The easiest method, for under a suit jacket or tucked inside a collar, is simply doing nothing; wrapping the scarf once behind your neck and letting the ends hang down the front. You will just see the edge of the scarf design along the collar/jacket line.

So that’s a very simple and easy-to-wear option – and after all these years, that’s really the way I wear mine the most often.

Another great option – especially under a jacket or tucked in a collar, Is this simple method:

1. Cross end over end.

2. Bring one end under and through – like you are tying a bow or a knot.

3. Make it neat.

4. Bring the end that’s lying on top over the bottom end – just move one over the other.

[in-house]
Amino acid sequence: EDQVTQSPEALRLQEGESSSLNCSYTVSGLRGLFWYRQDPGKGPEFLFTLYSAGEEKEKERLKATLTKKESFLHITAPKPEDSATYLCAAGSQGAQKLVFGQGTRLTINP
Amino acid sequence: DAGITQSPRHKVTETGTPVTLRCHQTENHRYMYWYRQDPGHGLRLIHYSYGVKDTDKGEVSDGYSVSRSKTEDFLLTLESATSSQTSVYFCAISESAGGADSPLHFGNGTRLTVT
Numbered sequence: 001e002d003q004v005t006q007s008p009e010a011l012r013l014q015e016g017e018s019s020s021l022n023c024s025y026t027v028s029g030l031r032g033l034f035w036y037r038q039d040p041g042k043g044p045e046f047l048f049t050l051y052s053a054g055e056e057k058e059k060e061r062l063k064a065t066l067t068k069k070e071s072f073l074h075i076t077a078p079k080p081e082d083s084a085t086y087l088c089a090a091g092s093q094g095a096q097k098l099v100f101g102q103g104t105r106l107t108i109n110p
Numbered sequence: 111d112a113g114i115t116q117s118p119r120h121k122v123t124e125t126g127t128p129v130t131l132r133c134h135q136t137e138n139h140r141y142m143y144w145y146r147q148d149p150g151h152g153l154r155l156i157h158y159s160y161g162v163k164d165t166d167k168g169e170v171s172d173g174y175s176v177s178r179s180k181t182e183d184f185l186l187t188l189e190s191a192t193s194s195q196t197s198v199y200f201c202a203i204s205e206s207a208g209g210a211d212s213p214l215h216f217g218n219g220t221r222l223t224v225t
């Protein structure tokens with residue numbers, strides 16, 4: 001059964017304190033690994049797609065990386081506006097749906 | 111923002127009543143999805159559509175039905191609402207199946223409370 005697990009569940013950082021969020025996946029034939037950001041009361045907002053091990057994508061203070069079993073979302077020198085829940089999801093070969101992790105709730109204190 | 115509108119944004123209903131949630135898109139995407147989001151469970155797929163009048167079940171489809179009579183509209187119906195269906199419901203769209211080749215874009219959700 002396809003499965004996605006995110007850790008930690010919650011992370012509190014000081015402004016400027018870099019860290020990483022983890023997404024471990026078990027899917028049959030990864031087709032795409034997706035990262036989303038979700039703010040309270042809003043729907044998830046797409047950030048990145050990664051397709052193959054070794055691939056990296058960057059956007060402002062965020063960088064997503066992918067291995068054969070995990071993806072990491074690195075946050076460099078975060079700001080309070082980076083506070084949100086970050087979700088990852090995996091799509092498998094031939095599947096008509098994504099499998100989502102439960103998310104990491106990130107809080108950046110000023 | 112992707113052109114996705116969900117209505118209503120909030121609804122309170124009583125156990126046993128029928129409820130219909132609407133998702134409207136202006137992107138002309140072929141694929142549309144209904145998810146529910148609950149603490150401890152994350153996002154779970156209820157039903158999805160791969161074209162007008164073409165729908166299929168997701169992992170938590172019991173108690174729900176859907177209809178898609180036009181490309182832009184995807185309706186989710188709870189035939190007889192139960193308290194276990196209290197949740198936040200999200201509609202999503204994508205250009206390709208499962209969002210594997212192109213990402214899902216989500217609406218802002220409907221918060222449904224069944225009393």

5. Adjust and tuck in.

You can also simply wrap the ends around each other once and then bring them behind your neck and tie them together.

Another option I use quite often is to simply loop the scarf once around my neck and tuck it in. This is like the first way, just wrapping it around your neck once as well.

In the last three photos, I illustrate something else you can do –

1. If you don’t want the ends just hanging down, you can tie them once in the front. You can leave it like that, or:

2. Bottom middle photo – take those ends and tie them together behind your neck, or

3. Bottom right photo – tuck the ends in.

One of the first tying methods I learned is easy and versatile.

1. Tie a knot in the middle of the scarf.

2. Place the knot at the front of your neck.

3. Bring the ends behind your neck and around to the front.

4. Tuck one end through the knot.